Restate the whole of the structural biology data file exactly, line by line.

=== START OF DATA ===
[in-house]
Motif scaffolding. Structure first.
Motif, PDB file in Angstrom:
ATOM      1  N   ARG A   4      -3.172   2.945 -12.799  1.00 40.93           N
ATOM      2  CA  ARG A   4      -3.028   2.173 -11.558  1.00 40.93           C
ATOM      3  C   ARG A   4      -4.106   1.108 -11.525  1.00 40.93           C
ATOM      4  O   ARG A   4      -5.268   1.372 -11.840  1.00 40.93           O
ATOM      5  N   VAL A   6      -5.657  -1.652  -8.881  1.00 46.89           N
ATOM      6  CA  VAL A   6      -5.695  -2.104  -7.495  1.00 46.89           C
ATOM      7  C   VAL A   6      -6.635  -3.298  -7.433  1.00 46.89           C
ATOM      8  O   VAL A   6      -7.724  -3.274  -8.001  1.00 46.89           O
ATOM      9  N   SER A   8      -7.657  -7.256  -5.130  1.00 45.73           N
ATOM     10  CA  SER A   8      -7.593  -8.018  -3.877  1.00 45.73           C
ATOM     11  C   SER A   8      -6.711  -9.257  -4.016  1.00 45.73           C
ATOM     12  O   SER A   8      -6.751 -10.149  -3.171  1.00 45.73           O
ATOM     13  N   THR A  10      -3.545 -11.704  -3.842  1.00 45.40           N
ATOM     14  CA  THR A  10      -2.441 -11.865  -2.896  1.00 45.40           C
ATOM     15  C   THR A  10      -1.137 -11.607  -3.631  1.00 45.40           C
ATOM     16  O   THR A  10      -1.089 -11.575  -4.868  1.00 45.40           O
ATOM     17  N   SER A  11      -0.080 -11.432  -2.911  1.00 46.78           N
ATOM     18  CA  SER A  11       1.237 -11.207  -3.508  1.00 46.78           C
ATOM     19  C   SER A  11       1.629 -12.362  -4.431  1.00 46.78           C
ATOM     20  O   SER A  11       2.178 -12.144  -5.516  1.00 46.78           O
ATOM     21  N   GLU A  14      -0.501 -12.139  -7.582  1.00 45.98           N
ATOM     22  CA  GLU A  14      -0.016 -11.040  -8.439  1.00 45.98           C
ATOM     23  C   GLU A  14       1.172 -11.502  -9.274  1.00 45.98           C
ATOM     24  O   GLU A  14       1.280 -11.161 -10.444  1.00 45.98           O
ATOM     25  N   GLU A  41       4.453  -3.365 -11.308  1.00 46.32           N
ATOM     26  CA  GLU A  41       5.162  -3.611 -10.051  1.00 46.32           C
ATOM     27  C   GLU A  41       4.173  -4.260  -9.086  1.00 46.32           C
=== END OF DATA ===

[in-house]
Motif scaffolding. Structure first.
Motif, PDB file in Angstrom:
ATOM      1  N   ARG A   4      -3.172   2.945 -12.799  1.00 40.93           N
ATOM      2  CA  ARG A   4      -3.028   2.173 -11.558  1.00 40.93           C
ATOM      3  C   ARG A   4      -4.106   1.108 -11.525  1.00 40.93           C
ATOM      4  O   ARG A   4      -5.268   1.372 -11.840  1.00 40.93           O
ATOM      5  N   VAL A   6      -5.657  -1.652  -8.881  1.00 46.89           N
ATOM      6  CA  VAL A   6      -5.695  -2.104  -7.495  1.00 46.89           C
ATOM      7  C   VAL A   6      -6.635  -3.298  -7.433  1.00 46.89           C
ATOM      8  O   VAL A   6      -7.724  -3.274  -8.001  1.00 46.89           O
ATOM      9  N   SER A   8      -7.657  -7.256  -5.130  1.00 45.73           N
ATOM     10  CA  SER A   8      -7.593  -8.018  -3.877  1.00 45.73           C
ATOM     11  C   SER A   8      -6.711  -9.257  -4.016  1.00 45.73           C
ATOM     12  O   SER A   8      -6.751 -10.149  -3.171  1.00 45.73           O
ATOM     13  N   THR A  10      -3.545 -11.704  -3.842  1.00 45.40           N
ATOM     14  CA  THR A  10      -2.441 -11.865  -2.896  1.00 45.40           C
ATOM     15  C   THR A  10      -1.137 -11.607  -3.631  1.00 45.40           C
ATOM     16  O   THR A  10      -1.089 -11.575  -4.868  1.00 45.40           O
ATOM     17  N   SER A  11      -0.080 -11.432  -2.911  1.00 46.78           N
ATOM     18  CA  SER A  11       1.237 -11.207  -3.508  1.00 46.78           C
ATOM     19  C   SER A  11       1.629 -12.362  -4.431  1.00 46.78           C
ATOM     20  O   SER A  11       2.178 -12.144  -5.516  1.00 46.78           O
ATOM     21  N   GLU A  14      -0.501 -12.139  -7.582  1.00 45.98           N
ATOM     22  CA  GLU A  14      -0.016 -11.040  -8.439  1.00 45.98           C
ATOM     23  C   GLU A  14       1.172 -11.502  -9.274  1.00 45.98           C
ATOM     24  O   GLU A  14       1.280 -11.161 -10.444  1.00 45.98           O
ATOM     25  N   GLU A  41       4.453  -3.365 -11.308  1.00 46.32           N
ATOM     26  CA  GLU A  41       5.162  -3.611 -10.051  1.00 46.32           C
ATOM     27  C   GLU A  41       4.173  -4.260  -9.086  1.00 46.32           C